issue an EAP-Request/Generic Token Card and receive a response.  If
   that response were also satisfactory, it would accept the user.

   The entire inner EAP exchange comprising multiple authentications is
   considered a single EAP sequence, in that each subsequent request
   MUST contain distinct a EAP Identifier from the previous request,
   even as one authentication completes and another begins.

   The peer identity indicated in the original EAP-Response/Identity
   that initiated the EAP sequence is intended to apply to each of the
   sequential authentications.  In the absence of an application profile
   standard specifying otherwise, additional EAP-Identity exchanges
   SHOULD NOT occur.

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   The conditions for overall success or failure when multiple
   authentications are used are a matter of policy on client and server;
   thus, either party may require that all inner authentications
   succeed, or that at least one inner authentication succeed, as a
   condition for success of the overall authentication.

   Each EAP method is intended to run to completion.  Should the TTLS
   server abandon a method and start a new one, client behavior is not
   defined in this document and is a matter of client policy.

   Note that it is not always feasible to use the same EAP method twice
   in a row, since it may not be possible to determine when the first
   authentication completes and the new authentication begins if the EAP
   type does not change.  Certain EAP methods, such as EAP-TLS, use a
   Start bit to distinguish the first request, thus allowing each new
   authentication using that type to be distinguished from the previous.
   Other methods, such as EAP-MS-CHAP-V2, terminate in a well-defined
   manner, allowing a second authentication of the same type to commence
   unambiguously.  While use of the same EAP method for multiple
   authentications is relatively unlikely, implementers should be aware
   of the issues and avoid cases that would result in ambiguity.

   Multiple authentications using non-EAP methods or a mixture of EAP
   and non-EAP methods is not defined in this document, nor is it known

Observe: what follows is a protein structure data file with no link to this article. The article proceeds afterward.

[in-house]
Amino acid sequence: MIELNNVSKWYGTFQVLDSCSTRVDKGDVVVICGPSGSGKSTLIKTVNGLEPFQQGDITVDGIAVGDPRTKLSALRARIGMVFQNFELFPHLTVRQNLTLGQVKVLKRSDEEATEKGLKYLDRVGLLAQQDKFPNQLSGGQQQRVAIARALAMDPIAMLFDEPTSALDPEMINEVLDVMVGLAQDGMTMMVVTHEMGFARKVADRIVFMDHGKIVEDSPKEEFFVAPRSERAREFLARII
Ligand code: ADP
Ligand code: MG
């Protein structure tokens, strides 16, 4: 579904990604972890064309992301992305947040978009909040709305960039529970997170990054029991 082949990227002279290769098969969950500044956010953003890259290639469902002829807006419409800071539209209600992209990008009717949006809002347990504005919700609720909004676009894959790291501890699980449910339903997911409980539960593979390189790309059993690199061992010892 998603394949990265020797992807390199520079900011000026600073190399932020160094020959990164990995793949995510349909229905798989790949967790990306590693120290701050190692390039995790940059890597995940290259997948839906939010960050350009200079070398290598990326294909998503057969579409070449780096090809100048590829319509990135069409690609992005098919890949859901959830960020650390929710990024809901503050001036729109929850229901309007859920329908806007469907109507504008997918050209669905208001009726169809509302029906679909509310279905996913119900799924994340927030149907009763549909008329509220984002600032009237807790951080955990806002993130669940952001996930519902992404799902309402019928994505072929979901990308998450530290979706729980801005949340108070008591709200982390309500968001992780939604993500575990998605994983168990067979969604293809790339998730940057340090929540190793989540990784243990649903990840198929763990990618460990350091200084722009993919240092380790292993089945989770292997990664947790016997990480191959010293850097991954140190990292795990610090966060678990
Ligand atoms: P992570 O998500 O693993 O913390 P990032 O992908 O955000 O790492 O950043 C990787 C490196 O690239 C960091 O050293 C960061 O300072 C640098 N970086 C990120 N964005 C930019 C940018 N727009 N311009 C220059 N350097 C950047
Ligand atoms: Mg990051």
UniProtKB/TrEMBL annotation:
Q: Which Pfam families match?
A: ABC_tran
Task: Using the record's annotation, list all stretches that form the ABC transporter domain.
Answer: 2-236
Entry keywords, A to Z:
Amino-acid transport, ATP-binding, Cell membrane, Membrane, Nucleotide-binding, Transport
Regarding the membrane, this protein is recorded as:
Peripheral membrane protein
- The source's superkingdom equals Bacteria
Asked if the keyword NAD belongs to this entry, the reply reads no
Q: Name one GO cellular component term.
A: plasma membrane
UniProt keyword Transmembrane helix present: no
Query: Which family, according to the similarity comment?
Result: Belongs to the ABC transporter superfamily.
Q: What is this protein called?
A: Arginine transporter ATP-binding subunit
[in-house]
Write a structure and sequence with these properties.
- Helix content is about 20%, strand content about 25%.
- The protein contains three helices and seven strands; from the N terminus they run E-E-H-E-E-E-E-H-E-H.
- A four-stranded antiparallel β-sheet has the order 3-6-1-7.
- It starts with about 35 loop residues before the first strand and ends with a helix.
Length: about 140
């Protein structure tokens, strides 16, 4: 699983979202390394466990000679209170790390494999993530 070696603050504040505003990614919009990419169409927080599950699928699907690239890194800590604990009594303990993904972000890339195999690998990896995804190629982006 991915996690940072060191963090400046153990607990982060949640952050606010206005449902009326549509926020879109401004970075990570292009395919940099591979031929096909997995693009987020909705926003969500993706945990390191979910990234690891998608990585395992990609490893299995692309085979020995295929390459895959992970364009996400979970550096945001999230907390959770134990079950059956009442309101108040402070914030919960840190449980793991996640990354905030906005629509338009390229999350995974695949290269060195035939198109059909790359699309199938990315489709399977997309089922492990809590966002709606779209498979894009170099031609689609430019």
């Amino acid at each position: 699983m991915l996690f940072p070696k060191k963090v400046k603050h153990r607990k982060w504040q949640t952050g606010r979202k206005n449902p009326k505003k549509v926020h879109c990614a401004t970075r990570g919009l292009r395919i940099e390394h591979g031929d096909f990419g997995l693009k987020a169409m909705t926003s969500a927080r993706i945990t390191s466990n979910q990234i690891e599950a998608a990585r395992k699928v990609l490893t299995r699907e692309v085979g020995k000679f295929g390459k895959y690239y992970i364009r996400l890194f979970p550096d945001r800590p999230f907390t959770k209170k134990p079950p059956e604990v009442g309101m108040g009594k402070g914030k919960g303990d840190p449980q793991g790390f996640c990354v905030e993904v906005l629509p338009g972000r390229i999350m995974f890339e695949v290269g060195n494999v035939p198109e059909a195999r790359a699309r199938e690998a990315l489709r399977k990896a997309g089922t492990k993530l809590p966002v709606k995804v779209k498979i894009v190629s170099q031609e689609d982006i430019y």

whether such an approach has been implemented.

11.4.  Mandatory Tunneled Authentication Support

   To ensure interoperability, in the absence of an application profile
   standard specifying otherwise, an implementation compliant with this
   specification MUST implement EAP as a tunneled authentication method
   and MUST implement MD5-Challenge as an EAP type.  However, such an
   implementation MAY allow the use of EAP, any EAP type, or any other
   tunneled authentication method to be enabled or disabled by
   administrative action on either client or TTLS server.

   In addition, in the absence of an application profile standard
   specifying otherwise, an implementation compliant with this
   specification MUST allow an administrator to configure the use of
   tunneled authentication without the M (Mandatory) bit set on any AVP.

11.5.  Additional Suggested Tunneled Authentication Support

   The following information is provided as non-normative guidance based
   on the experience of the authors and reviewers of this specification
   with existing implementations of EAP-TTLSv0.

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   The following authentication methods are commonly used, and servers
   wishing for broad interoperability across multiple media should
   consider implementing them:

   -  PAP (both for password and token authentication)

   -  MS-CHAP-V2

   -  EAP-MS-CHAP-V2

   -  EAP-GTC

12.  Keying Framework

   In compliance with [RFC5247], Session-Id, Peer-Id, and Server-Id are
   here defined.

12.1.  Session-Id

   The Session-Id uniquely identifies an authentication exchange between
   the client and TTLS server.  It is defined as follows:

      Session-Id = 0x15 || client.random || server.random

12.2.  Peer-Id

   The Peer-Id represents the identity to be used for access control and
   accounting purposes.  When the client presents a certificate as part
   of the TLS handshake, the Peer-Id is determined based on information
   in the certificate, as specified in Section 5.2 of [RFC5216].
   Otherwise, the Peer-Id is null.

12.3.  Server-Id

   The Server-Id identifies the TTLS server.  When the TTLS server
   presents a certificate as part of the TLS handshake, the Server-Id is
   determined based on information in the certificate, as specified in
   Section 5.2 of [RFC5216].  Otherwise, the Server-Id is null.

13.  AVP Summary

   The following table lists each AVP defined in this document, whether
   the AVP may appear in a packet from server to client ("Request")
   and/or in a packet from client to server ("Response"), and whether
   the AVP MUST be implemented ("MI").

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   Name              Request  Response    MI
   ---------------------------------------------------
   User-Name                     X
   User-Password                 X
   CHAP-Password                 X
   Reply-Message        X
   CHAP-Challenge                X
   EAP-Message          X        X         X
   MS-CHAP-Response              X
   MS-CHAP-Error        X
   MS-CHAP-NT-Enc-PW             X
   MS-CHAP-Domain       X
   MS-CHAP-Challenge             X
   MS-CHAP2-Response             X
   MS-CHAP2-Success     X
   MS-CHAP2-CPW                  X



(page 36 continued on part 3)